Finland boasts a myriad of number-one spots on world rankings. Happiest country. Most progressive. Safest.
The latest addition to that list is the University of Helsinki, for showing some of the most collaborative campus effort in the region towards solving the novel coronavirus COVID-19.
Professors, students and even trained scent-detection dogs at Finland’s oldest and largest university are stepping up to find innovative solutions to the many questions the pandemic raises.
Researchers and research groups are collaborating with Helsinki University Hospital (HUS) and The Finnish Institute for Health and Welfare (THL).
Students are tackling research with real-world impact via the Materials Research or the Life Science Informatics Master’s programmes.
Administrators are trying to secure more funding from the EU and other sources to channel more effort and manpower towards developing serological tests and antivirals for COVID-19.
The secret to the university’s success on this front can be found in its four core values it has set for 2021-2030: truth, Bildung, freedom and inclusivity.
Rector Jari Niemelä said, “One of our values is Bildung. We are building wellbeing and a future for Finland and the entire world with educational capital as our resource.
“Educational capital for society cannot be generated by going for it alone, which is why inclusivity is also one of our four values. Inclusivity thrives when each student, teacher, researcher and specialist has the opportunity to consider themselves a meaningful part of the university community.”
Research that makes a real-world difference
In response to the current COVID-19 crisis, the University of Helsinki is aiming to achieve two important goals.
The first is to solve the immediate problem. The second is to keep it from happening again.
In pre-virus days, the Department of Virology conducts both basic and applied research, focusing on the molecular biology and immunology of several different viral and chlamydial infections, as well as the pathogenesis of diseases caused by them. It develops new diagnostic methods for identifying viral diseases and investigates the epidemiology of viral diseases at both the population and molecular levels.
These days, the Department is also helping to isolate infected people and to prevent the virus from spreading.
Department staff such as Professor Olli Vapalahti, Associate Professor Tarja Sironen and University Researcher Eili Huhtamo supervise serological tests which detect people who already have protective antibodies against the coronavirus.
These tests will help to map the spread of the pandemic and record the number of patients who have already recovered from the virus in Finland.
Once this project is complete, the data will serve as a reliable indicator of immunity and identify people who can go back to work.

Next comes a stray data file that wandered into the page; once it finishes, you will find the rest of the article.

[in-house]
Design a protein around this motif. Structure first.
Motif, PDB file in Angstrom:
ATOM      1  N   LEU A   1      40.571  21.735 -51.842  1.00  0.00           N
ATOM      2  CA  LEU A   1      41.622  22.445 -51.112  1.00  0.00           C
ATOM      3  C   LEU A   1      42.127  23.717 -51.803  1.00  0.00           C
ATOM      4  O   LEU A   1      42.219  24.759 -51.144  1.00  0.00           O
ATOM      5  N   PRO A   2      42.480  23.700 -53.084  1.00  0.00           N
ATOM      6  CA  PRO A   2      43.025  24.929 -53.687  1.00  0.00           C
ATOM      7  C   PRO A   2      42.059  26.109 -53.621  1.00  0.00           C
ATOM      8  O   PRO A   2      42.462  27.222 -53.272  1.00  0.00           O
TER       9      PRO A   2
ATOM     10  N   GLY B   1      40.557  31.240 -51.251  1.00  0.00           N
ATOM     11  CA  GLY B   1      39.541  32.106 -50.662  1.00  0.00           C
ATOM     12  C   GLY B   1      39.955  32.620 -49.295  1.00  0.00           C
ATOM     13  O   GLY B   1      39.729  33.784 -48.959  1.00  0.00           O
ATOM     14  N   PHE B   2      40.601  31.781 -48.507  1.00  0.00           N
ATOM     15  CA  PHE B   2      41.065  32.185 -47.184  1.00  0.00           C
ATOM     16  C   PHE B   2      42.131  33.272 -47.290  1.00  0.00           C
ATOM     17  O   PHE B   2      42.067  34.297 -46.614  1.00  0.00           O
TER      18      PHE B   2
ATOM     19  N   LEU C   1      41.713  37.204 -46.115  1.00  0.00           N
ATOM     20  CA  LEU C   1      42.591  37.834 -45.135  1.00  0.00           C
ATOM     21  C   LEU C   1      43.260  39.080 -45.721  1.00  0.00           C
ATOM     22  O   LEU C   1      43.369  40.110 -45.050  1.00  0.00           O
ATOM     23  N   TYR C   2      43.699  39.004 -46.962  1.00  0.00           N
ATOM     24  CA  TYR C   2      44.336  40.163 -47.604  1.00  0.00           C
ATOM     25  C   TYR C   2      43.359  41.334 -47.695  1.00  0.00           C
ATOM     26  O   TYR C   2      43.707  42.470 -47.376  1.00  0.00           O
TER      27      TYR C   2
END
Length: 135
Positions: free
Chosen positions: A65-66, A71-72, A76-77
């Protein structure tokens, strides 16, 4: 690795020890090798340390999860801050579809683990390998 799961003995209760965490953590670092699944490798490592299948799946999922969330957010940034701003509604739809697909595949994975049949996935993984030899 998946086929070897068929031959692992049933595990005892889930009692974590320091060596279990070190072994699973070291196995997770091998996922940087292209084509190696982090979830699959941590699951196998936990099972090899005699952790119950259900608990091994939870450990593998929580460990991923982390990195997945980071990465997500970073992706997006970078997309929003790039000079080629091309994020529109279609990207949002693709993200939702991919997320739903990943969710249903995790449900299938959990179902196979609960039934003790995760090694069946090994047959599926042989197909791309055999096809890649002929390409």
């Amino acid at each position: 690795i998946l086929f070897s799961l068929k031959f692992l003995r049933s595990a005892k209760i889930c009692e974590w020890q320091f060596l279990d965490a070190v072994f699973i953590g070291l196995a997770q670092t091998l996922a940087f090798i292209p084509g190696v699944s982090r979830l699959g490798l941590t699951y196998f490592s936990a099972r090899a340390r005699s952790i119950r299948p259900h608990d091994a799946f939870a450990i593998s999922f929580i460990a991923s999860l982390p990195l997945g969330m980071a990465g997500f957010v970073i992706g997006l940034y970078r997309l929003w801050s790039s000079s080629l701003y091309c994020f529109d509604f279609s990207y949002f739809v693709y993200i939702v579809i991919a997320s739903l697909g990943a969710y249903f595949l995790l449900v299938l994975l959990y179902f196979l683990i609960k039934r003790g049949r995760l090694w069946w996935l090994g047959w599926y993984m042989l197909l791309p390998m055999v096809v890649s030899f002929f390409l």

For the University’s second objective, Professor of Virology Kalle Saksela and his team of three Finnish professors are racing to find a vaccine.
They are currently working together to finalise the development of a coronavirus vaccine nasal spray.
“Finland should be actively engaged in launching a vaccine. We should not just wait on development by the international pharmaceutical companies,” says Saksela.
Saksela and his team do fear any effective vaccine being snapped up by the world’s biggest countries once it becomes commercially available. They’re choosing to focus on the positives, however — ie. the project is already at an advanced stage and testing could begin in June.
Programmes that inspire global change makers
Students also have the chance to stand at the forefront of impactful research through the University’s practical and informative Master’s programmes.
For example, the Materials Research Master’s programme enables students to solve grand societal problems and to find new discoveries in the fields of energy, food, water, safety, health, and more.
Today, this includes conducting research in matters that deal with the coronavirus situation.
At the Faculty of Science, the Department of Physics is conducting materials research related to the coronavirus, such as the characterisation of filter media produced by an Italian children’s hospital using 3D printing, and structural studies using X-ray microtomography.
“The research responds to an acute need and is of direct benefit to those in crisis areas,” says Vice Rector Tom Böhling.
Whereas the Master’s Programme in Life Science Informatics provides students with the knowledge and the skills needed for a career in life science research.
This is another area where the University is contributing towards solving the pandemic.
By teaming up with Aalto University, Finnish Meteorological Institute and the VTT Technical Research Centre of Finland, they have studied how extremely small airborne aerosol particles emitted from the respiratory tract when coughing, sneezing or even talking are transported in the air.
This group-led research then showed that aerosol particles carrying the virus can remain in the air longer than was originally thought. The result is an important reminder to avoid busy, public indoor spaces, which also reduces the risk of droplet infection, which remains the main path of transmission for coronavirus.
“We are educating students into critical and courageous citizens who also have within themselves the capacity for change,” said Niemelä.
“The unrelenting pursuit of truth is what makes us what we are — a university.”
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